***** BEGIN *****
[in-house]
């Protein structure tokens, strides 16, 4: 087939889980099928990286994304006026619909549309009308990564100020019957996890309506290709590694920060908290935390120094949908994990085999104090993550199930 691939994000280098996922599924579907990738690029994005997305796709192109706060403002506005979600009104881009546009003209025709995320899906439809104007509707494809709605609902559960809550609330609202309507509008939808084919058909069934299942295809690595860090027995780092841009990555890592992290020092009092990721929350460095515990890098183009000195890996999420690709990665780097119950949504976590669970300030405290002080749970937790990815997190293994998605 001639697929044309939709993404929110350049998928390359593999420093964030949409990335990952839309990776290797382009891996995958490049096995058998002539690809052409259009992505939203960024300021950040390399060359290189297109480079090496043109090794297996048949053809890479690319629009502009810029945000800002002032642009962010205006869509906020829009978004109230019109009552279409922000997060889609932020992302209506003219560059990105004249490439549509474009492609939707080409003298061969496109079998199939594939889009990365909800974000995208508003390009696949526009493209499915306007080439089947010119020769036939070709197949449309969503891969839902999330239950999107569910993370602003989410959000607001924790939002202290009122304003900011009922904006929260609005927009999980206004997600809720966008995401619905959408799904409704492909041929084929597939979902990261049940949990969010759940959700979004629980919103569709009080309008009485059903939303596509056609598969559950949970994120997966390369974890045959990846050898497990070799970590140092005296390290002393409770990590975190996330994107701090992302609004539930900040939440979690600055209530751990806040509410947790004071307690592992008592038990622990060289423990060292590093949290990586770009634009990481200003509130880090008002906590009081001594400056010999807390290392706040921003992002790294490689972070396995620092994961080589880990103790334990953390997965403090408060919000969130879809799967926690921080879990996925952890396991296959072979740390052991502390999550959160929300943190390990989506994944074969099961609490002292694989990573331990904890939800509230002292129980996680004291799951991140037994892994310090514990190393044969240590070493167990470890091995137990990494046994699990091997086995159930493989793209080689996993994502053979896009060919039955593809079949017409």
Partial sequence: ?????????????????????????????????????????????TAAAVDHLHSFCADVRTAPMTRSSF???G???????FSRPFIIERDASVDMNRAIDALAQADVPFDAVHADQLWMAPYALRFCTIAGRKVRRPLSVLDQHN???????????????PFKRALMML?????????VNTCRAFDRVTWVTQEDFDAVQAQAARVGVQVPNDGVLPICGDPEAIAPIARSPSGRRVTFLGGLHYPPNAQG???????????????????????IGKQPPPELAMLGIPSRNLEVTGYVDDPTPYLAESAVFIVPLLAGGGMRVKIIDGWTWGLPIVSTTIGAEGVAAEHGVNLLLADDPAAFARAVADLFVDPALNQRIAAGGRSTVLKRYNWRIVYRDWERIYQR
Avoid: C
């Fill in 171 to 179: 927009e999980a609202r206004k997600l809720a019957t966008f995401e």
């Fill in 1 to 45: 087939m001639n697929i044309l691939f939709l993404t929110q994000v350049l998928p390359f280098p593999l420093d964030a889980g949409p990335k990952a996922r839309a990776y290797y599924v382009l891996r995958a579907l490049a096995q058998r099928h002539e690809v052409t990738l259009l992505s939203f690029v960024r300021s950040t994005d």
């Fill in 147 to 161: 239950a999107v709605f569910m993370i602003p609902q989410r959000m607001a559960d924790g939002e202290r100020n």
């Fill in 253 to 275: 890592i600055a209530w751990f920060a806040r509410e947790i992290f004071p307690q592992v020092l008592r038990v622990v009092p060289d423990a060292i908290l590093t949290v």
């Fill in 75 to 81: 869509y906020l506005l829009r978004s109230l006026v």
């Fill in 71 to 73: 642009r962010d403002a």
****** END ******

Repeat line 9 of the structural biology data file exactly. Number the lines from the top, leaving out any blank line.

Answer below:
């Fill in 75 to 81: 869509y906020l506005l829009r978004s109230l006026v």